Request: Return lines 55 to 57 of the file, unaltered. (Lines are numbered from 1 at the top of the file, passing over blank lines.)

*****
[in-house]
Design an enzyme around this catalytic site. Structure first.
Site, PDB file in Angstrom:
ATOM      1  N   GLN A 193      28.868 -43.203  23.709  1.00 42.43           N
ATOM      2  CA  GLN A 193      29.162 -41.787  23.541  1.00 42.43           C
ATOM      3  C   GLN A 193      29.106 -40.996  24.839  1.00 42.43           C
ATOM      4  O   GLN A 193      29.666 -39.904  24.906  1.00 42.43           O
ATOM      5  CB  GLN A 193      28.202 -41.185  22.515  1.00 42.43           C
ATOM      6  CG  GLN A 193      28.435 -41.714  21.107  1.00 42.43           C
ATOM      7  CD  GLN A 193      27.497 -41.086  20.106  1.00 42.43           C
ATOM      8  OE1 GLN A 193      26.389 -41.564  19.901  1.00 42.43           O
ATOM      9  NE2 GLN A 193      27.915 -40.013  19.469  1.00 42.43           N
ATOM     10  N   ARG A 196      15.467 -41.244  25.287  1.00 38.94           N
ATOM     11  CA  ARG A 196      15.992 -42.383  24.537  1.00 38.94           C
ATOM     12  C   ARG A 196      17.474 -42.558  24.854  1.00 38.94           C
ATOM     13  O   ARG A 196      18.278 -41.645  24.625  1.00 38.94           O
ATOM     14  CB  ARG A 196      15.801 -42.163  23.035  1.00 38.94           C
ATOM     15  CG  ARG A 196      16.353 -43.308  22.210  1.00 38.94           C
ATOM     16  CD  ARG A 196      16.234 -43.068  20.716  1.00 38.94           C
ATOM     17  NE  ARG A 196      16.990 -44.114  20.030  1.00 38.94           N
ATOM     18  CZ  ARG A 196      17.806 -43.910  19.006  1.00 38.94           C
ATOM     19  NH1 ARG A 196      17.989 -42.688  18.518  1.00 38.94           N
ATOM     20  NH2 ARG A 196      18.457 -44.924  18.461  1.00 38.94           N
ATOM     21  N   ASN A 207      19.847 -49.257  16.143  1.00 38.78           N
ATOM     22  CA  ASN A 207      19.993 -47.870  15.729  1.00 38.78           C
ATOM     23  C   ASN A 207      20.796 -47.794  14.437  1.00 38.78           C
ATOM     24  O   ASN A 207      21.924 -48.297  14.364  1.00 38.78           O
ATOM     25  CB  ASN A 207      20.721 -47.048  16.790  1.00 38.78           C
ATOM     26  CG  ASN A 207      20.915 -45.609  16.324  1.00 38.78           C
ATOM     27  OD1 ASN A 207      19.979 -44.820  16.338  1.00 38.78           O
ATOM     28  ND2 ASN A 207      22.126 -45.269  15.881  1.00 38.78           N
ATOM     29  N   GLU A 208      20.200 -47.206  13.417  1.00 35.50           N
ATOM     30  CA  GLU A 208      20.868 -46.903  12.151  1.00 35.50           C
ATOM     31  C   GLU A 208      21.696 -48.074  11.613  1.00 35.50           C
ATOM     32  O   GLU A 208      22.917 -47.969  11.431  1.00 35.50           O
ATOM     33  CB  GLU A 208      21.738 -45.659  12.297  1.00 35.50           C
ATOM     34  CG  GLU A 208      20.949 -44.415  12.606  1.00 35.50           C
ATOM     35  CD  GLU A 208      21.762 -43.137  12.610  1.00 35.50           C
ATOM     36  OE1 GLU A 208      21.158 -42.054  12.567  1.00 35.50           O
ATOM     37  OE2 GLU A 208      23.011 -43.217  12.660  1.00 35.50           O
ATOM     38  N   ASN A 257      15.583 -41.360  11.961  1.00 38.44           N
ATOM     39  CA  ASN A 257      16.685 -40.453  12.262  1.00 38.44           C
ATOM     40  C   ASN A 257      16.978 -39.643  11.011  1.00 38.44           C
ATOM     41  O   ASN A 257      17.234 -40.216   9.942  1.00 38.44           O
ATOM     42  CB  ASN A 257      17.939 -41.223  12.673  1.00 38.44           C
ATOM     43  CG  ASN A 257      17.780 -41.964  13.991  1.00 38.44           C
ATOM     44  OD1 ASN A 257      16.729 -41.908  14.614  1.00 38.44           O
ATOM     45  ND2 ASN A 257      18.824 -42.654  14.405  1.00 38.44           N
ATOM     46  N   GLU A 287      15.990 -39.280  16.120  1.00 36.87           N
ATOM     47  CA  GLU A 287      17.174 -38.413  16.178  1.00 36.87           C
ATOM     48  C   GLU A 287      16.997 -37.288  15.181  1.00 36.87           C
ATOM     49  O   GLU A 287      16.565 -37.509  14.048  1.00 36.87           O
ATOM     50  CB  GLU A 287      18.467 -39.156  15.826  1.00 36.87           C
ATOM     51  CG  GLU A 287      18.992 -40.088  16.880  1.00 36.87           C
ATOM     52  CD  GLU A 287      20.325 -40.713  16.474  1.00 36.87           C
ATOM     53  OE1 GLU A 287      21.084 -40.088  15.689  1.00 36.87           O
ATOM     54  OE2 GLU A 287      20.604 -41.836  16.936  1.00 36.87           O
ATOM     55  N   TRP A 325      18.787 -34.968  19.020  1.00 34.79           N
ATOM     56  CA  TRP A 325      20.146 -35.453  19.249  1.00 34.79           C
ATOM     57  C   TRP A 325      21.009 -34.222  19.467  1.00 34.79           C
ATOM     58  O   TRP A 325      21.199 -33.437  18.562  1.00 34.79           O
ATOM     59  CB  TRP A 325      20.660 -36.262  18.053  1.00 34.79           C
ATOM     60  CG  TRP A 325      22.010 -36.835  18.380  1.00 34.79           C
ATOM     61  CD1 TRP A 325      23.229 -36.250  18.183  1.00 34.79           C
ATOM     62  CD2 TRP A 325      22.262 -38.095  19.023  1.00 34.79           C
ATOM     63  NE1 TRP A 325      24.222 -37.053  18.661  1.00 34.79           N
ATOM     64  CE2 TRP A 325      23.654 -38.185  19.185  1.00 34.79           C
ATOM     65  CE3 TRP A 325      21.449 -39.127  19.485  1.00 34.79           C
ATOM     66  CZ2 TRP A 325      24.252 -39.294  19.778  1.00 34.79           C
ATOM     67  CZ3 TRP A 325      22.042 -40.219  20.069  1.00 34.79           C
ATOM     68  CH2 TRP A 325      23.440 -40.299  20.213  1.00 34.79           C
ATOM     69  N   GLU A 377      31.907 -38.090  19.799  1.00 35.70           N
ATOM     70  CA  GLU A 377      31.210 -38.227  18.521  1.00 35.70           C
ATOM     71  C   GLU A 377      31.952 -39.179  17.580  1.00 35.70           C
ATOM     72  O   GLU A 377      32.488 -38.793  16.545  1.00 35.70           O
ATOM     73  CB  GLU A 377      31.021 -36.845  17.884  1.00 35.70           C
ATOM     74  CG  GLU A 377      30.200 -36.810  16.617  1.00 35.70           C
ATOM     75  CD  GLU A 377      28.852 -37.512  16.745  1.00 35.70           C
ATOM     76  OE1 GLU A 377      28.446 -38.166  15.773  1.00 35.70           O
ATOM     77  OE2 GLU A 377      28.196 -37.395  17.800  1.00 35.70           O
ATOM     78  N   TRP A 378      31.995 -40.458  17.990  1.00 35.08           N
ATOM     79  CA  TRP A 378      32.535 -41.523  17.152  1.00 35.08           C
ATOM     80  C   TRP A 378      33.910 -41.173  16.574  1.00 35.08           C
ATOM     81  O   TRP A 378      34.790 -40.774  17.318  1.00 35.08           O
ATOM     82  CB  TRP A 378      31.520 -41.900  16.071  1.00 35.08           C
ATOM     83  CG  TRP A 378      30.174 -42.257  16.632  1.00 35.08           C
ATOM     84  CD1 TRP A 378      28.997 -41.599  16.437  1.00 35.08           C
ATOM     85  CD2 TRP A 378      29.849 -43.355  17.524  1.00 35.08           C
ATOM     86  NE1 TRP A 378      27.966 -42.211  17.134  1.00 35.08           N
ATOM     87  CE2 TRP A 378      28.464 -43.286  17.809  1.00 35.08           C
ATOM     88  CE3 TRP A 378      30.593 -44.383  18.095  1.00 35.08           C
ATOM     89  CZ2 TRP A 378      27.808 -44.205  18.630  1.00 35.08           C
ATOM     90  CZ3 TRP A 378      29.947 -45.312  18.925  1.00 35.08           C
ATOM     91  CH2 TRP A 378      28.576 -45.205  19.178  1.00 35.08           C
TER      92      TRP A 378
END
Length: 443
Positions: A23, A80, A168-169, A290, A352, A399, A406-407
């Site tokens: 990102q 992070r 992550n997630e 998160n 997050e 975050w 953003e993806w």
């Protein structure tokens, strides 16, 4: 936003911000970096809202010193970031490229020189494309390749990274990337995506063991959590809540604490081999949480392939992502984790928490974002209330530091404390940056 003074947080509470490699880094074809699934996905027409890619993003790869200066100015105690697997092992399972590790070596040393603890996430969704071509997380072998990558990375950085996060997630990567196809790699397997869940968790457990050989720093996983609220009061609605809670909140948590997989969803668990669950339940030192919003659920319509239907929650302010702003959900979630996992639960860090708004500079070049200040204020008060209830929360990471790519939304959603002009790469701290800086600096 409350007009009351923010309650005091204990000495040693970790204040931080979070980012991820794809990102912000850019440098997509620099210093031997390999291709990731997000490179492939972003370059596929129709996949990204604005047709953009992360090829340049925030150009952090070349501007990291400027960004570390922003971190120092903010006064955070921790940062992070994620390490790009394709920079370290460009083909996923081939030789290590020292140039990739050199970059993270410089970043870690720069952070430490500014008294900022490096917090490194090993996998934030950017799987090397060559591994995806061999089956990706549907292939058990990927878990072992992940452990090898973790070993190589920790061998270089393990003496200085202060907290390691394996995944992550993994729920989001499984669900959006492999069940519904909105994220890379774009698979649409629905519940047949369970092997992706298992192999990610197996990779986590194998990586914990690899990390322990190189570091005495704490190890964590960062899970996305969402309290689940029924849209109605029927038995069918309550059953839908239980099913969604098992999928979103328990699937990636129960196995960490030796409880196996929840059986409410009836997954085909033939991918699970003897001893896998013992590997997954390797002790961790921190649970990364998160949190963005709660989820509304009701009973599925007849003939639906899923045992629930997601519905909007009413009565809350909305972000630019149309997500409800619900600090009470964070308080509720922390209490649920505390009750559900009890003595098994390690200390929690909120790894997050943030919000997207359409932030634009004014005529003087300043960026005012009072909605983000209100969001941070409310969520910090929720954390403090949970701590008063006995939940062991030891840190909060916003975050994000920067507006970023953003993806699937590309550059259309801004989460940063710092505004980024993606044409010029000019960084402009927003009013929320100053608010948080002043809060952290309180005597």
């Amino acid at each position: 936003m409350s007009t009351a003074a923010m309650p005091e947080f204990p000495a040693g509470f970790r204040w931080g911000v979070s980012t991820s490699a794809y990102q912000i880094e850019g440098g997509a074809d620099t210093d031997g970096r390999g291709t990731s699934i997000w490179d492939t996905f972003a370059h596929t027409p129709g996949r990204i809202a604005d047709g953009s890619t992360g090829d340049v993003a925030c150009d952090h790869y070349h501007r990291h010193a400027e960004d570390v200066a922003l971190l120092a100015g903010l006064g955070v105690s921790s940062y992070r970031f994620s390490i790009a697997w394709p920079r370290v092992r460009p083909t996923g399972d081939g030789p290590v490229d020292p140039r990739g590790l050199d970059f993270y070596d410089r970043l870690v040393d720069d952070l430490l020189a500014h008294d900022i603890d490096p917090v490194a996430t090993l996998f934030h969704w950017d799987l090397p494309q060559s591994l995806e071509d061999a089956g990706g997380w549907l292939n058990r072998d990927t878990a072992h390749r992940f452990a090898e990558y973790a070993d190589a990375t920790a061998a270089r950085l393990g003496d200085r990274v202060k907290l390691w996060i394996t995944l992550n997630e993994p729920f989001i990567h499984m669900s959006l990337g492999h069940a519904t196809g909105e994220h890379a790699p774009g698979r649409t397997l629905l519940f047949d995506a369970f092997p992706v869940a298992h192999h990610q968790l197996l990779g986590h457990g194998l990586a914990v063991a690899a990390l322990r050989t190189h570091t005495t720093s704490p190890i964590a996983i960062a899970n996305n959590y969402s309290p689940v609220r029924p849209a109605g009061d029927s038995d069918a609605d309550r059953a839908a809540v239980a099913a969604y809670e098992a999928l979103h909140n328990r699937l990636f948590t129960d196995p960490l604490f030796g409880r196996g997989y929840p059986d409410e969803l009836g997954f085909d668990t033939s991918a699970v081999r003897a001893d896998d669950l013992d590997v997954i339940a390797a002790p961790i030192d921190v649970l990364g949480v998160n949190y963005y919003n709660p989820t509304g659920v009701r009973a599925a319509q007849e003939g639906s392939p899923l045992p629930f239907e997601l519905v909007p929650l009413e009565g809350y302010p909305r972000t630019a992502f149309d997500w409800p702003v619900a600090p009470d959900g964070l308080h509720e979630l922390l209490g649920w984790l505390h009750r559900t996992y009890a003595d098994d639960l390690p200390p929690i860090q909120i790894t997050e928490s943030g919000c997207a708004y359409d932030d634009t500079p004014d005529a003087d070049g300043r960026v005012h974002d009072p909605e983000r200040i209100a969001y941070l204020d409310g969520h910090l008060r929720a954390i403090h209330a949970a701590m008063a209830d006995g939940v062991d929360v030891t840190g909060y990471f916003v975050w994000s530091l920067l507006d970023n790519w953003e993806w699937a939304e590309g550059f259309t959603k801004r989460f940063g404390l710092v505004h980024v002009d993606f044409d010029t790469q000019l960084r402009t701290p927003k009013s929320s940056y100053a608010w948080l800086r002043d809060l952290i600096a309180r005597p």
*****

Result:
ATOM     52  CD  GLU A 287      20.325 -40.713  16.474  1.00 36.87           C
ATOM     53  OE1 GLU A 287      21.084 -40.088  15.689  1.00 36.87           O
ATOM     54  OE2 GLU A 287      20.604 -41.836  16.936  1.00 36.87           O